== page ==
This is the second post of TechNode’s profile of AI and robotics firms present at the Beijing edition of Global Mobile Internet Conference or GMIC, which opened with a warning from Stephen Hawking that AI could end humanity. Read Part 1 here.
A good number of “humanity-ending” AI firms and robots were present at GMIC, where the robots zoomed around or performed energetic aerobics on the exhibition floor. TechNode continues our profile of these companies and their thoughts about the potential AI apocalypse.
BooCax is a supplier to robotics firm, providing self-positioning robot navigation technology that is second to none in China. BooCax combines existing lidar with proprietary ultra-wideband technology to equip robots with superior self-positioning capability.
“The robot can be anywhere inside and it won’t lose its own position on the map,” BooCax sales manager Xiao Xuesong explained. “So far, this is an issue that other companies in the industry have not solved.” The accuracy of the self-positioning system is +/ – 20cm.
Founded by a team of researchers from Stanford, Tsinghua and the Chinese Academy of Science, the firm is also offering its own robot, BamBoo. Targeting banks, hotels and other hospitality businesses, the robot is a service-type robot that can handle objects and basic interactions.
What happens when AI becomes self-evolving?
“Then it’ll be like the movies,” Xiao said.
“Um. Hopefully not.”
Founded by former Microsoft Partner Engineering Director Kenny Chien in 2015, Emotibot aims to create the first artificial intelligence technology that recognizes emotion from facial and voice recognition as well as textual analysis (read our interview with Kenny Chien here).
Currently, Emotibot is used by clients such as Ctrip, JD Finance, iQiyi for their customer service chatbots. Chien describes Emotibot as Alexa but Chinese, as the bot recognizes intent, meaning and emotion. The goal for Emotibot is to become self-evolving and capable of feeling emotions like the artificial intelligence personality Samantha featured in Spike Jonze’s movie Her.
At GMIC, Emotibot demonstrated its facial recognition technology. It correctly identified the writer as female, adult, wearing glasses, has black hair and seems to be happy (due to the smile). However, it also had the questionable metric of attractiveness, which the writer only scored a 72%. Maybe artificial intelligence could really be the worst thing to happen to humanity.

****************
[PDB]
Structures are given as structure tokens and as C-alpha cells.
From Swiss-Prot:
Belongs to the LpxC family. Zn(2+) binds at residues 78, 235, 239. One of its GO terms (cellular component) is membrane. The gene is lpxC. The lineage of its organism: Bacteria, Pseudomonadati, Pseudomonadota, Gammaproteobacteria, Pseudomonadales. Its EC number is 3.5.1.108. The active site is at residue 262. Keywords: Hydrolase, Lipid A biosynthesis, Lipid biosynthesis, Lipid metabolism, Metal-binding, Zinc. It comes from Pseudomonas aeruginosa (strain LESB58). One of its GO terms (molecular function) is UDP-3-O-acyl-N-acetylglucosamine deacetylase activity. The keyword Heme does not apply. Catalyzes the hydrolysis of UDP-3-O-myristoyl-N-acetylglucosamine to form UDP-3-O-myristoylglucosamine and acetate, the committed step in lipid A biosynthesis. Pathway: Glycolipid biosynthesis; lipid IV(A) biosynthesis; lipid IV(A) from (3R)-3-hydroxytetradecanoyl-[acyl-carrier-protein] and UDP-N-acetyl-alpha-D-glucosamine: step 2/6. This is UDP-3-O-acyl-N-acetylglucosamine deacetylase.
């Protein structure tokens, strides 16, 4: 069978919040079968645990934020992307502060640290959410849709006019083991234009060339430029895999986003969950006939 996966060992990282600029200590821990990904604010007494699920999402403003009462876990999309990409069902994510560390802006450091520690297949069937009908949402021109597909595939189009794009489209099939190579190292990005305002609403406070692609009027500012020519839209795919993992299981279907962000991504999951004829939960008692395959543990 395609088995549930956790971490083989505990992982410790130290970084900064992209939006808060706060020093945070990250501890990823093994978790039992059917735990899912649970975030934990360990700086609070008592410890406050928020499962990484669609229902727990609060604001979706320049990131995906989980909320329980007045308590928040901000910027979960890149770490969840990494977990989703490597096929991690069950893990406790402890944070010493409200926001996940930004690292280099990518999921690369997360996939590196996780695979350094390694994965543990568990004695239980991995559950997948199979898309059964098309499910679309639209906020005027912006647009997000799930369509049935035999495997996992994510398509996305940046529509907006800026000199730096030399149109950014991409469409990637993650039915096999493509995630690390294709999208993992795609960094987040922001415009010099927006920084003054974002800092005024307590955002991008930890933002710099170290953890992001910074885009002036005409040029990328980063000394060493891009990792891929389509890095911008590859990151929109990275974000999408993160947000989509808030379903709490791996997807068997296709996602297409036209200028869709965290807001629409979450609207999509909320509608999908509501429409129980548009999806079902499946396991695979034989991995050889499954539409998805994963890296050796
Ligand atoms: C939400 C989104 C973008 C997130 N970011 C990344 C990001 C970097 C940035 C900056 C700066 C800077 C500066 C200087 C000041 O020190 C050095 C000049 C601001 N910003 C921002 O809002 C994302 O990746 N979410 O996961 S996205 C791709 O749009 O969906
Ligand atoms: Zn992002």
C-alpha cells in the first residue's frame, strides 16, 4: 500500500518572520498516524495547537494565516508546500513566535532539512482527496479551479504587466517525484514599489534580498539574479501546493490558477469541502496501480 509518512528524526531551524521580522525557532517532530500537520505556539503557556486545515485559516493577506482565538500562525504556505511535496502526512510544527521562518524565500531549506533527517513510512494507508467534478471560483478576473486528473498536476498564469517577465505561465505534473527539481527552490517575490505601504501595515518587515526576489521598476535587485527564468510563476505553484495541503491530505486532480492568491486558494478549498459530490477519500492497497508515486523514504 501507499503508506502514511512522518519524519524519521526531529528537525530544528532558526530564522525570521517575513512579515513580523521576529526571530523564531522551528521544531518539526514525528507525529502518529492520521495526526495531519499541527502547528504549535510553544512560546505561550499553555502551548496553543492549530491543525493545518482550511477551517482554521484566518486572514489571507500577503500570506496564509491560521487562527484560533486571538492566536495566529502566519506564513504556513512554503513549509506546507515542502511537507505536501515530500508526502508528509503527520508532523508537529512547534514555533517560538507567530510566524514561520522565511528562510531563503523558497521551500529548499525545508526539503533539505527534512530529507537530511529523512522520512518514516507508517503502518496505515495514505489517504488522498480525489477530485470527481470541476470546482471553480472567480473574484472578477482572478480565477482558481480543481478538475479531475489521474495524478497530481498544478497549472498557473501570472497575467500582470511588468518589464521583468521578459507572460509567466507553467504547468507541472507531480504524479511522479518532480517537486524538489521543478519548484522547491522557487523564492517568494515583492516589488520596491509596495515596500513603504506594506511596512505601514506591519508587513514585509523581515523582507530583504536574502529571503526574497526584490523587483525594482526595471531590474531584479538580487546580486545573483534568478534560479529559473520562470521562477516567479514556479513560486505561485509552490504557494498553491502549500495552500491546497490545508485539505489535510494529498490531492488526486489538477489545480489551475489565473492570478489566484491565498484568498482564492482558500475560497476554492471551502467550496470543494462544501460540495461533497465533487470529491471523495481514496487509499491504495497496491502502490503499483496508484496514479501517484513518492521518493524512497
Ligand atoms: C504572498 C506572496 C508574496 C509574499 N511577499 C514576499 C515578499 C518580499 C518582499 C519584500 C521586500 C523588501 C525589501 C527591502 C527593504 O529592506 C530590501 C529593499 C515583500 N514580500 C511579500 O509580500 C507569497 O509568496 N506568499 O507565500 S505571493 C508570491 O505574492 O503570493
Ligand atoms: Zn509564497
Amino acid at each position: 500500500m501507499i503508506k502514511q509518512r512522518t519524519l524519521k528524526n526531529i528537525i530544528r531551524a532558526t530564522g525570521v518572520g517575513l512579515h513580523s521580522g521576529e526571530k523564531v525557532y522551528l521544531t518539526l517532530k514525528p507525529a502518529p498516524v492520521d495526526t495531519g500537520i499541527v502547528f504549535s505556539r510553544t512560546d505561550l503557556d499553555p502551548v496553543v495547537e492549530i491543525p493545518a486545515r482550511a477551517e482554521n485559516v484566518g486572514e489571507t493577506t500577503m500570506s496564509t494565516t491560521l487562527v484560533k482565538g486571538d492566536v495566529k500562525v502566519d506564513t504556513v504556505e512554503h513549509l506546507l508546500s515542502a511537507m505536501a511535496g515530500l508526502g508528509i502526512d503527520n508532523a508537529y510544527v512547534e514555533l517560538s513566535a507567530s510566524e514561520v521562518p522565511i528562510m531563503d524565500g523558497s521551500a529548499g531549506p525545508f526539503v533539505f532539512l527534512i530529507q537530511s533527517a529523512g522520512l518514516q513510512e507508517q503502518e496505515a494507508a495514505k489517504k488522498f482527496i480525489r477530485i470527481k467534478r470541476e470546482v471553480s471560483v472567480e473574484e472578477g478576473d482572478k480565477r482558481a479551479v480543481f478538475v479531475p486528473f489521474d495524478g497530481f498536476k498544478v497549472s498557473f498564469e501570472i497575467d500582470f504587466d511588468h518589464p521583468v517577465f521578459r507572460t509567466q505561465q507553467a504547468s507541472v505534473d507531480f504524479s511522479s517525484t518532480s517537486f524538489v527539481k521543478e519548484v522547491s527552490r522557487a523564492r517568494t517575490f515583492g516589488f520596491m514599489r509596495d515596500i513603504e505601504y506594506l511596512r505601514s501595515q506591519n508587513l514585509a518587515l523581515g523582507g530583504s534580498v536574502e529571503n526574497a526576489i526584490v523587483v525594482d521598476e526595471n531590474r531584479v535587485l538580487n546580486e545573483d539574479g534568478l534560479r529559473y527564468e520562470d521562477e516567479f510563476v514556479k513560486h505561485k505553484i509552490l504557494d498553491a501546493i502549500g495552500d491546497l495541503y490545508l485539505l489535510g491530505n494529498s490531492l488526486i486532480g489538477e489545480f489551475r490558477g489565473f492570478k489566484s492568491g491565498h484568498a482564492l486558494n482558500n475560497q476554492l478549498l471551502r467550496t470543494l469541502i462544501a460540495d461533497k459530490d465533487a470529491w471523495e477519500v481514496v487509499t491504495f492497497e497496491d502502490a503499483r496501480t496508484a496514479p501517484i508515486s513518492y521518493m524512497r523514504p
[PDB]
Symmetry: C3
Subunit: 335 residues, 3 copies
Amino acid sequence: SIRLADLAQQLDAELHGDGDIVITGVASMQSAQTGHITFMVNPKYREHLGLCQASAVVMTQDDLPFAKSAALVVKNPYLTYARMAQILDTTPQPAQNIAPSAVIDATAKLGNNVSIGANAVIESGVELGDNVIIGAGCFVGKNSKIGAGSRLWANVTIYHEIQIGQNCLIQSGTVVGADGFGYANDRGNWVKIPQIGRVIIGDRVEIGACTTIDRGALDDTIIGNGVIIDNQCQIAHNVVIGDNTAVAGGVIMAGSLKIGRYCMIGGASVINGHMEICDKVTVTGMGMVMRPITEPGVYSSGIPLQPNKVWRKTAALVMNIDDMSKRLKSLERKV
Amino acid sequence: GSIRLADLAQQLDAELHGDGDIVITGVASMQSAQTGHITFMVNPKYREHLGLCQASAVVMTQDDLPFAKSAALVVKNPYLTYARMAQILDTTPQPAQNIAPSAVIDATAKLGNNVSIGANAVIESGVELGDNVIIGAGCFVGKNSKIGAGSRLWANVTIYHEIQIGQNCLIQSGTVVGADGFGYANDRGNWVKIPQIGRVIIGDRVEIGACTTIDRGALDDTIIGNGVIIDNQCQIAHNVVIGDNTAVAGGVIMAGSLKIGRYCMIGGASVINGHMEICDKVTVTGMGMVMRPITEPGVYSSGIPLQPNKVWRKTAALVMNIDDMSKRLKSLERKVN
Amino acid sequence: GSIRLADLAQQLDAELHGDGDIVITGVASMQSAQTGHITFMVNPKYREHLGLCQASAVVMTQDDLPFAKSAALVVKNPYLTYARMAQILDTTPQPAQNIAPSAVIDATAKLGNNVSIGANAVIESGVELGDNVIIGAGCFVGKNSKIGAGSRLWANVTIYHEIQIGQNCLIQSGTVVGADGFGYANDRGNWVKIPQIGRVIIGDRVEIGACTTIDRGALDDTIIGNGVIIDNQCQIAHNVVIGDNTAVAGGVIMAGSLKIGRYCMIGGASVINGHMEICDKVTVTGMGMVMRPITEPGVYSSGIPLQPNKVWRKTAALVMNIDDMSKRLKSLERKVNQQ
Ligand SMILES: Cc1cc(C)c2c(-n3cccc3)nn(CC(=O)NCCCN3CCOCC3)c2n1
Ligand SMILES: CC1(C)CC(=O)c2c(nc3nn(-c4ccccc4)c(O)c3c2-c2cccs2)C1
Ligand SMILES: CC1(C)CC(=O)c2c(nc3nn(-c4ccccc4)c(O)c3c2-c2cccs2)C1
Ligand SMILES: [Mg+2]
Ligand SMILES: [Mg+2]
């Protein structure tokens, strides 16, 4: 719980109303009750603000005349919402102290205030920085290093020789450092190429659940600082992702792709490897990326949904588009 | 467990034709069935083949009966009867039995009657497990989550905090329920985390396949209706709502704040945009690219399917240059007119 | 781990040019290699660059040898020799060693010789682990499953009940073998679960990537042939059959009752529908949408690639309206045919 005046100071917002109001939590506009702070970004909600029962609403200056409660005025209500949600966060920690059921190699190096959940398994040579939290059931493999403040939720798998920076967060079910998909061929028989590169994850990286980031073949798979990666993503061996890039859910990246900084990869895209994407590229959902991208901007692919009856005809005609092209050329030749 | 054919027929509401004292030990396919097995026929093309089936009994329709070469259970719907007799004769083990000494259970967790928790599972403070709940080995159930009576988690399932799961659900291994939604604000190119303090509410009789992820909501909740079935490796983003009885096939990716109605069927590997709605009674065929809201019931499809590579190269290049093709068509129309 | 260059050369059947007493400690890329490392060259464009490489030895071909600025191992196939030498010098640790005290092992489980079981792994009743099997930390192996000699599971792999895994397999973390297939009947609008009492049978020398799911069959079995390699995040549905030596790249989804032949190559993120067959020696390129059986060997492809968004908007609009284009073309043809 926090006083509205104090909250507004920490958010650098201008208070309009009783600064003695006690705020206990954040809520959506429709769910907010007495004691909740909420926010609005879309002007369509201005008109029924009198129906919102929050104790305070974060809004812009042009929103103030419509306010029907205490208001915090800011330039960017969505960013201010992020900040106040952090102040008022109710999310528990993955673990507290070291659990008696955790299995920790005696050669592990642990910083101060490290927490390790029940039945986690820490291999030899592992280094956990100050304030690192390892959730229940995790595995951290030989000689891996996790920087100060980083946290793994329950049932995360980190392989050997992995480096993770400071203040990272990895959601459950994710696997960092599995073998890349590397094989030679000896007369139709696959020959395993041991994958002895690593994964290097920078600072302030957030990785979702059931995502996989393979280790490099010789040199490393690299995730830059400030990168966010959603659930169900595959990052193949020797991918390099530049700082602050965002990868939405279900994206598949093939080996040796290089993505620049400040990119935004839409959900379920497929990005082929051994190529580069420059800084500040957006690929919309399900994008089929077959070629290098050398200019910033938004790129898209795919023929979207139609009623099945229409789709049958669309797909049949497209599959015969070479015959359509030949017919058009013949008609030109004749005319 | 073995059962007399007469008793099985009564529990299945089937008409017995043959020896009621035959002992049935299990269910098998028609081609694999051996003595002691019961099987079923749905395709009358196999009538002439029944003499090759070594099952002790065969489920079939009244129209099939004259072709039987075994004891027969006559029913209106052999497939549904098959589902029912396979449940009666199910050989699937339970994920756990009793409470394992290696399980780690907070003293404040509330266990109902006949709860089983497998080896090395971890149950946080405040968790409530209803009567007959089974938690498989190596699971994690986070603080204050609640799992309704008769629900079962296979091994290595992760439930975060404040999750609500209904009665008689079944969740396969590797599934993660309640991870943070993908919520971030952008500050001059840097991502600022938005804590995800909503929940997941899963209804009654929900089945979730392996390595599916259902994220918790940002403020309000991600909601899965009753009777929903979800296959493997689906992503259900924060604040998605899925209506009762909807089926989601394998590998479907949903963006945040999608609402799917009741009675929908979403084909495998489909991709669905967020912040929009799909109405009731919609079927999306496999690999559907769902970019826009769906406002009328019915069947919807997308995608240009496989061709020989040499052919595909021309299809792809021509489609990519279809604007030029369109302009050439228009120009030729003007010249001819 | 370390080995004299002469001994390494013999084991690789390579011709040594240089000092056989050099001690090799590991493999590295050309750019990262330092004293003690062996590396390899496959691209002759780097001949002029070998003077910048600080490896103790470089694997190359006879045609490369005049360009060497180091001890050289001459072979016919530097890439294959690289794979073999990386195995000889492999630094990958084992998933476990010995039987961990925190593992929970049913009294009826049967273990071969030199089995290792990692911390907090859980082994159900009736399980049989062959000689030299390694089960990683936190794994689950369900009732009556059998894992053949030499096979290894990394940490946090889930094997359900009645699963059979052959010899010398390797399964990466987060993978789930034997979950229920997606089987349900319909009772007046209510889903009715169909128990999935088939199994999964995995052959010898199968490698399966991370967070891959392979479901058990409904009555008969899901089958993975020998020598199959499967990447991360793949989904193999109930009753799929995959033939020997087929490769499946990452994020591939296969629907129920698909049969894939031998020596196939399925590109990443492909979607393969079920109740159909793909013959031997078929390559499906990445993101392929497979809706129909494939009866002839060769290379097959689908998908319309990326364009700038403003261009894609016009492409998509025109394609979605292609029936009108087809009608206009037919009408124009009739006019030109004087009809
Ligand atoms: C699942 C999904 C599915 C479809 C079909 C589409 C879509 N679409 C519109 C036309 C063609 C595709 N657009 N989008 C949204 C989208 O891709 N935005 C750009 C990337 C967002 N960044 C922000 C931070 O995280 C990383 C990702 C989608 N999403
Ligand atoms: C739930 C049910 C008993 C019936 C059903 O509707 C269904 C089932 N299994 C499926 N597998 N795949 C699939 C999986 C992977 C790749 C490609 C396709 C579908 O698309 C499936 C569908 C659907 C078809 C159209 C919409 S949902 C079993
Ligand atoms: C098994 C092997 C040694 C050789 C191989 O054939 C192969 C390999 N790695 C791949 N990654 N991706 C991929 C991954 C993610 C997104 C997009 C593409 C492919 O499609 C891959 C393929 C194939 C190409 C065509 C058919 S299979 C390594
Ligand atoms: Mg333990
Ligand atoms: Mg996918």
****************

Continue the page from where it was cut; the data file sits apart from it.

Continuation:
Is AI the worst thing to happen to humanity?
“In my opinion, for the next few decades, artificial intelligence will be a good thing for humanity,” Emotibot product manager Yang Liang predicted. “But Hawking must be looking really far out, beyond the next few decades, when AI development has reached an unimaginable crescendo. Then it’ll be really hard to tell.”
The Silicon Valley startup Slightech is known more for its Mynt tracker, which is billed as world’s thinnest and most powerful smart tracker and has won a Red Dot design award. However, the product showcased at GMIC was their newest Mynt robot, known as Xiaolan in Chinese. The small arms featured in its design are reminiscent of EVE, the sleek white robot from Wall-E.
Slightech was founded by Dr. Leo Pang, a Stanford computer science graduate who has worked in research prior to starting the company. In 2015, Slightech released the Mynt robot which it claims to be “arguably the world’s most powerful robot”. It has real-time facial and voice recognition and facial triggered motion, as well as machine learning capabilities.
Currently, Mynt robot is targeted mostly at B2B clients. Since being launched, around 40 Mynt robots have been sold. Sales manager Kyle Pang thinks that 2020 will be the year that service-type robots will really gain an inroad into households.
What do you think of Hawking’s message?
“Currently, robots have taken care of a lot of dangerous tasks for humans, which is an achievement,” Slightech sales manager Kyle Pang (Leo Pang’s brother) said. “We have talked about this issue before, but robots cannot think for themselves at this stage. Humans can deceive robots. But for robots to deceive us, it’ll take a very long development. During this development, we should try to control and prevent the [robot uprising] as much as possible.”